Friday, November 18, 2011
Is the credit worthy test for renewable energy procurement in Ontario, worthy? Why the OPA should look to Saskatchewan for guidance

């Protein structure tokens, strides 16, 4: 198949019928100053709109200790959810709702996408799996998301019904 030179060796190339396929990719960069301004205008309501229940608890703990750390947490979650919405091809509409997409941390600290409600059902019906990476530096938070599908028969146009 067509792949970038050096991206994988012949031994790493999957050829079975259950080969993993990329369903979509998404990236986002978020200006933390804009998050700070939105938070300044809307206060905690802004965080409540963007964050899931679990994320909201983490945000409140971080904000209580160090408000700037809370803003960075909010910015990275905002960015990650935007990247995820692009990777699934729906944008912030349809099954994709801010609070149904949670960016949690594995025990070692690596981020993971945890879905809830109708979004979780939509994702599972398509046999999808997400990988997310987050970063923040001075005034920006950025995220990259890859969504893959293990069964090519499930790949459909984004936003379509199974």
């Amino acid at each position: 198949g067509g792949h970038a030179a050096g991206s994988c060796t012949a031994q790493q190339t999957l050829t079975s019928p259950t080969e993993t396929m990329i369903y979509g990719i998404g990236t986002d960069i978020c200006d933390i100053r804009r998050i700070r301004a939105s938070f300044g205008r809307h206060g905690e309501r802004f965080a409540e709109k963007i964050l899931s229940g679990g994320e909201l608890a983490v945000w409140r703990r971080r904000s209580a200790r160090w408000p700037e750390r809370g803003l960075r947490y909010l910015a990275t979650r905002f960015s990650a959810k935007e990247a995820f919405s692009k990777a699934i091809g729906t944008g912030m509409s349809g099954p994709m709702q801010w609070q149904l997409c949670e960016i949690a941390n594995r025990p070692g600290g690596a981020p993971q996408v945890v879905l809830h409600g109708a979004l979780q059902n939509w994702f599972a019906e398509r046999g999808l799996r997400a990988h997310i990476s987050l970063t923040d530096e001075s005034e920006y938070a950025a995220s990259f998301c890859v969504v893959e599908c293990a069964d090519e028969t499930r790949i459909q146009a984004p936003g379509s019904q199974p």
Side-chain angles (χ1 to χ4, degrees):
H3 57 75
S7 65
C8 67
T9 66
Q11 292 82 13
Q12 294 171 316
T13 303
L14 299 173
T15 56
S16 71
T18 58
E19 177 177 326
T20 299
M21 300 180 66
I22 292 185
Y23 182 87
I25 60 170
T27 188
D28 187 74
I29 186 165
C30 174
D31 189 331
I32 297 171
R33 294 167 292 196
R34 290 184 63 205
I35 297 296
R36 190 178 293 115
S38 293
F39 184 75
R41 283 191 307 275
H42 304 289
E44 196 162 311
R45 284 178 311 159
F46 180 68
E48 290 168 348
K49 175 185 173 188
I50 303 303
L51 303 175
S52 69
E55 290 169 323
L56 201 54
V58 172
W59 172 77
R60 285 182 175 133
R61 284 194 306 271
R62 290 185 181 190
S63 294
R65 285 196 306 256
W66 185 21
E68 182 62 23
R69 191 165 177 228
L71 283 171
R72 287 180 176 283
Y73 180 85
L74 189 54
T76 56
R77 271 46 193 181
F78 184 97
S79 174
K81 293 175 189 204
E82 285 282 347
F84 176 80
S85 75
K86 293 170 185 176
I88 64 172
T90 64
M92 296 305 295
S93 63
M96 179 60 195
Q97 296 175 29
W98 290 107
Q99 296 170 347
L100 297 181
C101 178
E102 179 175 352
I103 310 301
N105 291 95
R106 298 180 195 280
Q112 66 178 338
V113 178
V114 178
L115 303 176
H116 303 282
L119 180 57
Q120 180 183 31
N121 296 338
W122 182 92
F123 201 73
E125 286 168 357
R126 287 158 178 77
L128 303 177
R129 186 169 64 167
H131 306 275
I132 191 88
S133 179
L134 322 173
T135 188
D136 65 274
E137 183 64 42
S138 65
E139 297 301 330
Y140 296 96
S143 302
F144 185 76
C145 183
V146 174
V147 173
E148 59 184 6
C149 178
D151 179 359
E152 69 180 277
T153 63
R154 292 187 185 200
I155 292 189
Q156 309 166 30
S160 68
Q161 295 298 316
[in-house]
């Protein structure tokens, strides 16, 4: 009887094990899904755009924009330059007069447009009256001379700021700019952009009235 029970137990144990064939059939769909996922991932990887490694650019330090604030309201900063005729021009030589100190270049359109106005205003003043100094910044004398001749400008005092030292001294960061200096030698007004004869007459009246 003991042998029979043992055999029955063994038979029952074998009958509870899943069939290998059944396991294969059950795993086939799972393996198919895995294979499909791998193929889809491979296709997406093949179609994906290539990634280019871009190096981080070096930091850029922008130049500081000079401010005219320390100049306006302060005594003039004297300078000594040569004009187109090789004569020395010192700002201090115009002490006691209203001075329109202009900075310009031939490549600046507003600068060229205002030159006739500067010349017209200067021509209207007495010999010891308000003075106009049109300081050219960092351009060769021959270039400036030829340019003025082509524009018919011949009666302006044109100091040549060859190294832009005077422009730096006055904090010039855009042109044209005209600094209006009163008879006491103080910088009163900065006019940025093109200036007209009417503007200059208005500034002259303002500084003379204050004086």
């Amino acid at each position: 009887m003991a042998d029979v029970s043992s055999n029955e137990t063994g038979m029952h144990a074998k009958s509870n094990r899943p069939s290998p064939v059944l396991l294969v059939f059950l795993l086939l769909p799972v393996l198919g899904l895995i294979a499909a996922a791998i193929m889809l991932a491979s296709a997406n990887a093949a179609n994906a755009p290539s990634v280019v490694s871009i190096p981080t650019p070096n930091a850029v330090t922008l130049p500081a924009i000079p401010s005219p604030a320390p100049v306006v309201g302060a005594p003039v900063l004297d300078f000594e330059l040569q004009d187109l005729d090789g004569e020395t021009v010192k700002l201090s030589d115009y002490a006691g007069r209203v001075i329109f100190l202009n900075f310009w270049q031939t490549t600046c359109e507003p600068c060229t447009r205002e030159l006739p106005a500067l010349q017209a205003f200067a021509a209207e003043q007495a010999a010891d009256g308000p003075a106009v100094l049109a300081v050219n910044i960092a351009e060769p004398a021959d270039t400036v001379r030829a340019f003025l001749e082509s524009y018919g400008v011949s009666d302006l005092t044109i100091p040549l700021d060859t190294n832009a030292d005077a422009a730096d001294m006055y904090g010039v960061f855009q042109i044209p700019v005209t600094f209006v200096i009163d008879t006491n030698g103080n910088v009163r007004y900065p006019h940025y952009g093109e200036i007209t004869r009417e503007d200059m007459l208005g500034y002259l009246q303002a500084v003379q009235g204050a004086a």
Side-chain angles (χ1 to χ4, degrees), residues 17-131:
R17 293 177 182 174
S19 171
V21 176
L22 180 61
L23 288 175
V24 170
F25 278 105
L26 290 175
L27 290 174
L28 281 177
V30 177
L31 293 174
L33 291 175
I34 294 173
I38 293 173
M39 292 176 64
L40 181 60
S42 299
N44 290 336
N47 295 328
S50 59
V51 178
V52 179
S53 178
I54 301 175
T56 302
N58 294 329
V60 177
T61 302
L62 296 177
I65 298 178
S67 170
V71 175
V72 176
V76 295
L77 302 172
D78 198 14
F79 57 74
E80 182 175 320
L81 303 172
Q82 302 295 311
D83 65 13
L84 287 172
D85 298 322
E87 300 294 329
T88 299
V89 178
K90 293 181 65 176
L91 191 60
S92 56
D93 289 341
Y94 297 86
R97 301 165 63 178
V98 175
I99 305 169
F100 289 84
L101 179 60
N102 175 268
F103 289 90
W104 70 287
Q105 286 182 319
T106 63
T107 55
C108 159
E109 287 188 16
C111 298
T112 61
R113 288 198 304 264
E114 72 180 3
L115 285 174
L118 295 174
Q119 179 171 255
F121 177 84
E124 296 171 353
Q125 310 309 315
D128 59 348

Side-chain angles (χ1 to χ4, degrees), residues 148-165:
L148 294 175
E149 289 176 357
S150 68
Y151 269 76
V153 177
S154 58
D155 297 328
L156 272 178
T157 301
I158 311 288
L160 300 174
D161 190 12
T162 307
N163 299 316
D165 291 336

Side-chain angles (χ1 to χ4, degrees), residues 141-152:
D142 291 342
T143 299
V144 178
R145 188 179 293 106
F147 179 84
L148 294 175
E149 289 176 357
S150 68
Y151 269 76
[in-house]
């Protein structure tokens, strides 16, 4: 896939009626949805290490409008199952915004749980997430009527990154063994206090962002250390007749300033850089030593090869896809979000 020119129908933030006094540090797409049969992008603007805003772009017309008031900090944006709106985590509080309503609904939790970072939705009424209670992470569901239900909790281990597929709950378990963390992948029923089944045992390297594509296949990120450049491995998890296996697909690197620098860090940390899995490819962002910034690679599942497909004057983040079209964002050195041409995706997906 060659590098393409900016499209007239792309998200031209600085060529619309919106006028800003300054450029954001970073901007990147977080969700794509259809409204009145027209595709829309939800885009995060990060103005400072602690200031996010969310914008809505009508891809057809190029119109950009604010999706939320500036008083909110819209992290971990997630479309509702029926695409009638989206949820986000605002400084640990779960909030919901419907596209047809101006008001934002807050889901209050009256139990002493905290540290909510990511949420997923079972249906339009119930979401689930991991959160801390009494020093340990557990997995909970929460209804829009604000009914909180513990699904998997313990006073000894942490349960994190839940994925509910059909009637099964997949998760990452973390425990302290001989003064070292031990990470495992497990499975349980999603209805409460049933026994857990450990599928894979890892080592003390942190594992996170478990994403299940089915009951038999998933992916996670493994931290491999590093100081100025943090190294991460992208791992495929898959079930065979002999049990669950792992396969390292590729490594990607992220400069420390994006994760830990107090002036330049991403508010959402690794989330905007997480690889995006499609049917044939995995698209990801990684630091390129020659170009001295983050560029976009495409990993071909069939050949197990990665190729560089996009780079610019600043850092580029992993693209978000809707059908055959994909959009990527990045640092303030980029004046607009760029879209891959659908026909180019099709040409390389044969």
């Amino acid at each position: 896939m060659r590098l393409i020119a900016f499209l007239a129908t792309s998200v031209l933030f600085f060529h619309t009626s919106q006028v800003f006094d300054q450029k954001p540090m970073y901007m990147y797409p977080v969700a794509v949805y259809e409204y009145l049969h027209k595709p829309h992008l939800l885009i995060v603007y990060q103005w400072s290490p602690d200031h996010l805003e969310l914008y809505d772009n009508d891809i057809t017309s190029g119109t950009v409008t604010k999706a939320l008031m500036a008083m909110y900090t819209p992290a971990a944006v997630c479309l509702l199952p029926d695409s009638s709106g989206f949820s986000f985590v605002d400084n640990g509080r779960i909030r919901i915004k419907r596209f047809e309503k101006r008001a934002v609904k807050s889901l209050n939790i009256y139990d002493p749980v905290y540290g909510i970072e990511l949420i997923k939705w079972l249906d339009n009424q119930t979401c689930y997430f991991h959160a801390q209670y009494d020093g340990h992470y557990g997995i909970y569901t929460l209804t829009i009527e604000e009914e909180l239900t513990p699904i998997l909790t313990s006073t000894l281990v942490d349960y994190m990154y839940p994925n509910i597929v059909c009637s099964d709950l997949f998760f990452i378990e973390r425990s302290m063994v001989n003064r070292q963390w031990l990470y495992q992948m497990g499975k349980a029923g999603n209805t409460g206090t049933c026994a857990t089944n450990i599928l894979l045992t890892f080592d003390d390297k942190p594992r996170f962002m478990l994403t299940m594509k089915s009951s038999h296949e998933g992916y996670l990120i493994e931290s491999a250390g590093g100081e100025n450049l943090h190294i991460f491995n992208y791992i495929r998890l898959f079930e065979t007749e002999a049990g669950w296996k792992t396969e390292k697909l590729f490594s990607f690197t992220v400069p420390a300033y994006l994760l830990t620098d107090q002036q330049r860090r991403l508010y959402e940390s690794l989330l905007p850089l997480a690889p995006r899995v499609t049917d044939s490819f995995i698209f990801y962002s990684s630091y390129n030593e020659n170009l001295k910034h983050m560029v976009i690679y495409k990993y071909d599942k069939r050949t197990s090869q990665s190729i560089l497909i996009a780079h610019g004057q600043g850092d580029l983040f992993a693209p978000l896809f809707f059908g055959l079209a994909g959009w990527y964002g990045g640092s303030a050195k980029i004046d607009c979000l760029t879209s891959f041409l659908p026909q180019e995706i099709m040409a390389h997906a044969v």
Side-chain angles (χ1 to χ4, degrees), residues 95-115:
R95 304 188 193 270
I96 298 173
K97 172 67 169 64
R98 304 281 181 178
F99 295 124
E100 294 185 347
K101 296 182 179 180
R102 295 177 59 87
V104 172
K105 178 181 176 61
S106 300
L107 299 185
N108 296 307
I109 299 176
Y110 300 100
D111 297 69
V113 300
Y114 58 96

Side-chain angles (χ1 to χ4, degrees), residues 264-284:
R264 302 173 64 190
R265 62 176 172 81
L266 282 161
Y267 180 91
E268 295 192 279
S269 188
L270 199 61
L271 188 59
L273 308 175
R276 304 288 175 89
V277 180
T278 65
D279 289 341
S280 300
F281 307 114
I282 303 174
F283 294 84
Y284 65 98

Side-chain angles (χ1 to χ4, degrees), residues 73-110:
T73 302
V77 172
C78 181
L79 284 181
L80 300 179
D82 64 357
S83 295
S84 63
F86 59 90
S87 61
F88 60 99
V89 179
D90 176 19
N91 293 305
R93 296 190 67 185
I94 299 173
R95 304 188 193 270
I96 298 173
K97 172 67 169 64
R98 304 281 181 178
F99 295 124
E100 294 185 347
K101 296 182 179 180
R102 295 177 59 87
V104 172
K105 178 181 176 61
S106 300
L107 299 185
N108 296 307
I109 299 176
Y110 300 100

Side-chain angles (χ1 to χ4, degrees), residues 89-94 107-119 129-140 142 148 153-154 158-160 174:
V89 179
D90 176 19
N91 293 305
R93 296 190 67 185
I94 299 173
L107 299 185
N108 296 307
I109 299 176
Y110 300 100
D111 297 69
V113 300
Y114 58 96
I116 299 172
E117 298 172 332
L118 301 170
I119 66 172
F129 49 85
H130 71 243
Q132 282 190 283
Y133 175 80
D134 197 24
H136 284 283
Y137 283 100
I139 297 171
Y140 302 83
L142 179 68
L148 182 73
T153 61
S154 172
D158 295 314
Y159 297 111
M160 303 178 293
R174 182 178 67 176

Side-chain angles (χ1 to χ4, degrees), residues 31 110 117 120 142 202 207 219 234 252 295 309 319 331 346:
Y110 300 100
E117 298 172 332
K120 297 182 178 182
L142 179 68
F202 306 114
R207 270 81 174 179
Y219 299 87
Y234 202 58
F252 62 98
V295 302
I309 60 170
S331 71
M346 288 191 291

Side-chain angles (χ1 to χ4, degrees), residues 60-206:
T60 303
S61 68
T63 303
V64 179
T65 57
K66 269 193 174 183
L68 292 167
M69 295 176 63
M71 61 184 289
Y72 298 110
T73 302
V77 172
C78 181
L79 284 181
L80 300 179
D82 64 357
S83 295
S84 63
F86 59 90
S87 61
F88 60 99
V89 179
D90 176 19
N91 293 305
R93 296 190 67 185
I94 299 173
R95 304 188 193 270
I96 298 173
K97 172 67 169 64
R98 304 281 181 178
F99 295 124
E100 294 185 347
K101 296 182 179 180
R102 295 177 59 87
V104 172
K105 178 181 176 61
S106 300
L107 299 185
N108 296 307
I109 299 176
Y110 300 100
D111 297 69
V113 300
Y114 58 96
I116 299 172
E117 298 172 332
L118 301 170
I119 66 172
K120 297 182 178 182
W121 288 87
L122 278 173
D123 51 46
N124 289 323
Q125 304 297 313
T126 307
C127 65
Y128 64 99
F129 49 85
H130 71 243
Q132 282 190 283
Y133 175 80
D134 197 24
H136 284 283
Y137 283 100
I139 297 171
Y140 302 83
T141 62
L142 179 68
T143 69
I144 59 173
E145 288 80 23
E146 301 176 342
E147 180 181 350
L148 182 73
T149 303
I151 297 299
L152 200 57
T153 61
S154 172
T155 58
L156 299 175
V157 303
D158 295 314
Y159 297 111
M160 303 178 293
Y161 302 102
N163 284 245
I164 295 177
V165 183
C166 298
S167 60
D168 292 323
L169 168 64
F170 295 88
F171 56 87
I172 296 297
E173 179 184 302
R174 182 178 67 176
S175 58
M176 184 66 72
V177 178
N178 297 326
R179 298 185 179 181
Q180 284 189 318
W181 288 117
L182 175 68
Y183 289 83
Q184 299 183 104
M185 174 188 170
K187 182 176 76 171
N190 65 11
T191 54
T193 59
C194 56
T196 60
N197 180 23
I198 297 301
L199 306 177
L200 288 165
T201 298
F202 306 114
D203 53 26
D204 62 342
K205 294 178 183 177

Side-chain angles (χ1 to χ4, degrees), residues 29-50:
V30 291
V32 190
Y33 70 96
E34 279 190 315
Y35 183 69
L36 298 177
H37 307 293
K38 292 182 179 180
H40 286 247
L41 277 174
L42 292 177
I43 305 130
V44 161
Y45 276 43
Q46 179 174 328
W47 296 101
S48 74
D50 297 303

I attended the APPrO 2011, annual Canadian power conference this week in Toronto put on by the Association of Power Producers of Ontario. I particularly enjoyed the presentation by Stephen Somerville of Competitive Power Ventures entitled “Analysis of the rated criteria used for project assessment in procurement”. Mr. Somerville raised an interesting point about the Ontario procurement process versus the Saskatchewan procurement process. In Ontario, power procurement RFP’s use a credit worthy test which requires additional commitment letters and other documentation from proponents using private equity to finance the project. This has the unintended effect of discriminating against IPPs which are primarily funded through private equity. On the other hand, the current SaskPower RFP for 175 MW of wind does not include a credit worthy test which discriminates against IPPs using private equity. Mr. Somerville went on to state that the credit worthy test used in Ontario is not a good indicator of near term future performance as no one knows what the economic position of the corporate entity will be three years in the future. The SaskPower RFP for 175 MW for the most part avoids forecasting into the future to establish credit-worthiness and instead requires existing financial data. Mr. Somerville concluded that project level security should be enough – which, in some procurement processes, I would agree with. The US will qualify respondents based on demonstrated funding experience and don’t even include a specific credit worthy test in many renewable energy RFPs. Maybe it would be beneficial for the Ontario Power Authority (OPA) to take a few notes from other jurisdictions like Saskatchewan in regard to the credit worthiness provisions of competitive renewable energy procurement RFPs?